Secrets of ProShow® Experts: The Official Guide to Creating Your Best Slide Shows with ProShow Gold and Producer
by Paul Schmidt, ©2010
Making video slide shows out of your digital pictures is a terrific way to use the pictures, exercise your creativity and have some fun. While this book is nominally about the software that Paul and his company, PhotoDex, created, you could benefit from reading this book whether you use the ProShow software or not. In fact, if you do the kinds of presentations more suited to PowerPoint, this is still a good book because the principles here apply to good presentations–period.
This is an excellent book and I highly recommend it. This book is far more about the show than the software making the show. In the introduction, Paul puts it this way:
This book is about what makes a great slide show; this is not just a book about ProShow, though. I intentionally don ’t explain how to use ProShow, the user interface, or exactly how ProShow works. […] The content of this book could easily be applied to any number of different types of software, including business presentation programs, video editors, and 3D animation programs. ProShow is used as the example application, but mostly the core principles apply.
He hits all the high points of doing a good slide show (or a presentation): have a message, tell a story, know the audience, and keep it simple. He talks about visual composition, proper use of fonts, alignment and contrast. While he discusses how the slide show is a unique format for a presentation, he emphasizes the fundamental principles that apply just as much to a presentation with PowerPoint as a slide show with ProShow.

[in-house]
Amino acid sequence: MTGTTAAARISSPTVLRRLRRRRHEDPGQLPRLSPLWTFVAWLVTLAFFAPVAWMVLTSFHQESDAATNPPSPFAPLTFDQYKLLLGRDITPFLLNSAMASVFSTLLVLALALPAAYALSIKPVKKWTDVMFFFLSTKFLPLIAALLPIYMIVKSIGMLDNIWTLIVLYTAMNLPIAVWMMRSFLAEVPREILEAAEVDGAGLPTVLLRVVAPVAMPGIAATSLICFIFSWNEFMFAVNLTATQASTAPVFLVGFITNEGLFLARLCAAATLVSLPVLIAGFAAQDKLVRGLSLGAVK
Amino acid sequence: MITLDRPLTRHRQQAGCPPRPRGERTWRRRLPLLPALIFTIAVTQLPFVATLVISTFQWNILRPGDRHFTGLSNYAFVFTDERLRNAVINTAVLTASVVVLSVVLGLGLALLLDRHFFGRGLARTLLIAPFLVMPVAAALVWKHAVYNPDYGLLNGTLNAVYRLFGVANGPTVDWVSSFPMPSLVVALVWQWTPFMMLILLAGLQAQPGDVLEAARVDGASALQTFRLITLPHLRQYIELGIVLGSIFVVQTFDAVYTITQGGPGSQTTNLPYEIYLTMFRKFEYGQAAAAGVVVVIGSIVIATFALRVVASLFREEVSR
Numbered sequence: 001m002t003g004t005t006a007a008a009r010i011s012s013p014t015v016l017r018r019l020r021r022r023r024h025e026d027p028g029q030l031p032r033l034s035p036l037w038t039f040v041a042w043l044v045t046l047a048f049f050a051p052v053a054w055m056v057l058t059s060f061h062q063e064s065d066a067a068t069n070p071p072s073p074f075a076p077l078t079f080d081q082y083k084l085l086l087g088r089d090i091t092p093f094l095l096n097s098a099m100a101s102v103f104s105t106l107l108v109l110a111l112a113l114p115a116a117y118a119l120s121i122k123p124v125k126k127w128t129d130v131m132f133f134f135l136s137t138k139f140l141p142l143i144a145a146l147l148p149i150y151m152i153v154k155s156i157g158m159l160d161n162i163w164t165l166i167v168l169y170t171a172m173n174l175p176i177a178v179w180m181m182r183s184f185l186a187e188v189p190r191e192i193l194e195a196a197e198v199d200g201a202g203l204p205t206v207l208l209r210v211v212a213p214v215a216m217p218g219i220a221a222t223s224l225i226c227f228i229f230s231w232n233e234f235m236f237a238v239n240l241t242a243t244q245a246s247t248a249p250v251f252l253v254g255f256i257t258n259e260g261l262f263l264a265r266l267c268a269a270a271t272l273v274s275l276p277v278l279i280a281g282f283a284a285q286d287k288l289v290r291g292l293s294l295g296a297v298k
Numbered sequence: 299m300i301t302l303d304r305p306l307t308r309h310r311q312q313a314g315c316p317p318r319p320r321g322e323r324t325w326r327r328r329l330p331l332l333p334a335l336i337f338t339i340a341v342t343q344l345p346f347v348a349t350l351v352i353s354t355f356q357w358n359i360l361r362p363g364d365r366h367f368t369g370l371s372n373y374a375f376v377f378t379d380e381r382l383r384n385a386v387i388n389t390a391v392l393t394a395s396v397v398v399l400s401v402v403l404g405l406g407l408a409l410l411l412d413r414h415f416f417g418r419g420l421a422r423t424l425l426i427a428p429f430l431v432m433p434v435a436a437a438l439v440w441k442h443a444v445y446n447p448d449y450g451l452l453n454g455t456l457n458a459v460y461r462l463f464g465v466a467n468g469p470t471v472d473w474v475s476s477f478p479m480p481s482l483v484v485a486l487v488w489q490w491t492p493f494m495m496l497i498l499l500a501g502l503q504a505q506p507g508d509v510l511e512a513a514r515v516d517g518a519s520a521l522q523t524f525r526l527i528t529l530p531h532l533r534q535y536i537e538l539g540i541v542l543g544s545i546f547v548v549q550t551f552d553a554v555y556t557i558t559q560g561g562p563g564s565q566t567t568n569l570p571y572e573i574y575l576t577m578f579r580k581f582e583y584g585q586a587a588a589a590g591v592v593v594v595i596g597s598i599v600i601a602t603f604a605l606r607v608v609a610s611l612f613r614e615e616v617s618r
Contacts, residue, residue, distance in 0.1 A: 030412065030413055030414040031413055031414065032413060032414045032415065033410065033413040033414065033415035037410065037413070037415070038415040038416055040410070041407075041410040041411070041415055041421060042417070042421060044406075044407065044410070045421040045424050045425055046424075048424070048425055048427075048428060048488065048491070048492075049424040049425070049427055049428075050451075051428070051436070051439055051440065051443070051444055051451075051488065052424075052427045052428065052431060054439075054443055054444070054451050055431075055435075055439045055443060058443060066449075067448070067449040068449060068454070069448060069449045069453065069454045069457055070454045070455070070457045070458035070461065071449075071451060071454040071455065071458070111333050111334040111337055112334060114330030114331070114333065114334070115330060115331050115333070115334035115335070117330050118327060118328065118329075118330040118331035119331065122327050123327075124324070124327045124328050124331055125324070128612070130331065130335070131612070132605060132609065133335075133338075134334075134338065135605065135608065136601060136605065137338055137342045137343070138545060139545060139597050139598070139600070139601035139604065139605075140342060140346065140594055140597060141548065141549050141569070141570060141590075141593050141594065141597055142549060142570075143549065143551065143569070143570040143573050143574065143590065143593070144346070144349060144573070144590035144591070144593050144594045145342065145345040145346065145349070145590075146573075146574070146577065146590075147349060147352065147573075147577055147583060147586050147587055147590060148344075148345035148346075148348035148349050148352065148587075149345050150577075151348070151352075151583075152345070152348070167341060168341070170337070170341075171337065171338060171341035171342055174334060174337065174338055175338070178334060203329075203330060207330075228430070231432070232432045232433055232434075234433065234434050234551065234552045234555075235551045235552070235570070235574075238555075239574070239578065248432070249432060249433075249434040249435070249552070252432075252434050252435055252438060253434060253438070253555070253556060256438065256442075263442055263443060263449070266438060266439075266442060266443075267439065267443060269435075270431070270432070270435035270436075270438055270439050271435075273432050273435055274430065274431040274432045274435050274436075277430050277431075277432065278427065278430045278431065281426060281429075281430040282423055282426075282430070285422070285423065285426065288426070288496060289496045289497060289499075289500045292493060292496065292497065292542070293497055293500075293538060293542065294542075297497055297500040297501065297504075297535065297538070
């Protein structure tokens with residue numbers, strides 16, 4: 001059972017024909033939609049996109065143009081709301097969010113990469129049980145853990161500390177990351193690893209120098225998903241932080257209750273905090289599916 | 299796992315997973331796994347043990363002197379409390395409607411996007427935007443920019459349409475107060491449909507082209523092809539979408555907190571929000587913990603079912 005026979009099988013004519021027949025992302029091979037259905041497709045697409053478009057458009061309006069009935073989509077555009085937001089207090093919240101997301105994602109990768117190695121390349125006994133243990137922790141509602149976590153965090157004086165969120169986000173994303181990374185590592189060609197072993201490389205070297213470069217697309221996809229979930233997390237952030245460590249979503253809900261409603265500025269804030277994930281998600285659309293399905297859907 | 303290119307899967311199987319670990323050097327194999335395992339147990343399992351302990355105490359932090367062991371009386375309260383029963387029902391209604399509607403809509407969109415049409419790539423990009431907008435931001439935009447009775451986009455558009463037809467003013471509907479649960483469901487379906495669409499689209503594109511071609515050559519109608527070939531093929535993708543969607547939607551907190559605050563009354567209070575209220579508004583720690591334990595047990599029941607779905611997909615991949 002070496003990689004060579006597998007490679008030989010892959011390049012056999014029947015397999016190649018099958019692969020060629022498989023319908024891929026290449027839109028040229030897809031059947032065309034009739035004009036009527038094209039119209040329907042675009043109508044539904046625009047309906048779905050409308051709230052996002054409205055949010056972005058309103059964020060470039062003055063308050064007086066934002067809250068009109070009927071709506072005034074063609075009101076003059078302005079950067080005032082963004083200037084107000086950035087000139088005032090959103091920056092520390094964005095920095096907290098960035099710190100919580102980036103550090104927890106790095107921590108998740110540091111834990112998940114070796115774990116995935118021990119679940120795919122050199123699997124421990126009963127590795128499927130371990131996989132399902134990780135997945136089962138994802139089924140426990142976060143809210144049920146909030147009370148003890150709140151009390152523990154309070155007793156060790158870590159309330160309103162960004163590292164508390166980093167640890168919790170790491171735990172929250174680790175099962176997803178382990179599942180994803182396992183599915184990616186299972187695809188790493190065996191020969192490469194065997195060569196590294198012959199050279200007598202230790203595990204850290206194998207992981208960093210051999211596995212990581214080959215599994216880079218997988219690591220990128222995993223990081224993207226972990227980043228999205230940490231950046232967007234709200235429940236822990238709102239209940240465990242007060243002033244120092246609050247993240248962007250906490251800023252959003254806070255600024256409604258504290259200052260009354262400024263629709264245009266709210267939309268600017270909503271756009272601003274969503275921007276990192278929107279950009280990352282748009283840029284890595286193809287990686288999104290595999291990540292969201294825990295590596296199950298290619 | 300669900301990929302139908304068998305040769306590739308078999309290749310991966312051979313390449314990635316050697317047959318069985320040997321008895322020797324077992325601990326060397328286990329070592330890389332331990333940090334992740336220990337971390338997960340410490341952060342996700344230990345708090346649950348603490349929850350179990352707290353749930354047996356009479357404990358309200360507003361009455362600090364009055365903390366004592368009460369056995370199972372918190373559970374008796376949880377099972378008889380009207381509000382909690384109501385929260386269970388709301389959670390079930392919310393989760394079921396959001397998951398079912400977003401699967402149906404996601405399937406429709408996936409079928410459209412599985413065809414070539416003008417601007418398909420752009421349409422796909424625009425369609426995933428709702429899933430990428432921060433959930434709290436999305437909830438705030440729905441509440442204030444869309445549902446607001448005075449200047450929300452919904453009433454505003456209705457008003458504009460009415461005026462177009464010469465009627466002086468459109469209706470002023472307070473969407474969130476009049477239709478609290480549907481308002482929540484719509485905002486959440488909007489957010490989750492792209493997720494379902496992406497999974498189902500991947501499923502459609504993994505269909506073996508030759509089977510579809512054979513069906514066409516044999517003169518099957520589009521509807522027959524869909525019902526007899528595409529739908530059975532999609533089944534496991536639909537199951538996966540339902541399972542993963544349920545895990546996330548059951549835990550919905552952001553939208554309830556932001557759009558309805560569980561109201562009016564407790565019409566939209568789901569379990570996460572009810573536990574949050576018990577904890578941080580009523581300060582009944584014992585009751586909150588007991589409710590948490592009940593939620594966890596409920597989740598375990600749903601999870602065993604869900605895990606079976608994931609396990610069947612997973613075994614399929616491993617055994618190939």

What I liked
The author is Paul Schmidt the CEO and a founder of Photodex who sell the ProShow software. This book could seem to be a self-serving substitute for proper documentation for the software, but it isn’t that at all. Although you’re probably not going to get this book if you have no interest in the software, it’s not primarily about the software at all-in fact, if you want detailed information about using ProShow or tutorials for it, this book isn’t the best resource out there. (I think the best resource is the ProShow enthusiasts forum).
That’s not to say that you won’t learn a lot about the software, you will, but you’ll learn far more about making a great slide show and that’s a huge part of the book’s value, you’ll be able to apply the content in several places using several tools.
Mechanically, the book is well written: conversational, clear, reasonably concise and well-illustrated with examples. There’s an accompanying CD with images, sample slide show fragments and even more examples.
What I didn’t like.
I went into this one biased against it and was immediately surprised by how good it was. Now I find it hard to identify anything more than nits to complain about. I occasionally found Paul’s opinions about photography grating–no, Paul, there really still are reasons to shoot in portrait mode–but that’s a nit when he’s got the principles so well-articulated. I wish it were a bit less expensive, but these kinds of books aren’t cheap to print, and considering the DVD that’s included, that’s a nit also.
Recommend the book, the ideas and the software.
If you want a creative outlet for your photography or just something to help people relive an event, get ProShow and make some slide shows–but get this book, too. Your slide shows will be better, your presentations better and the audiences for both will appreciate it.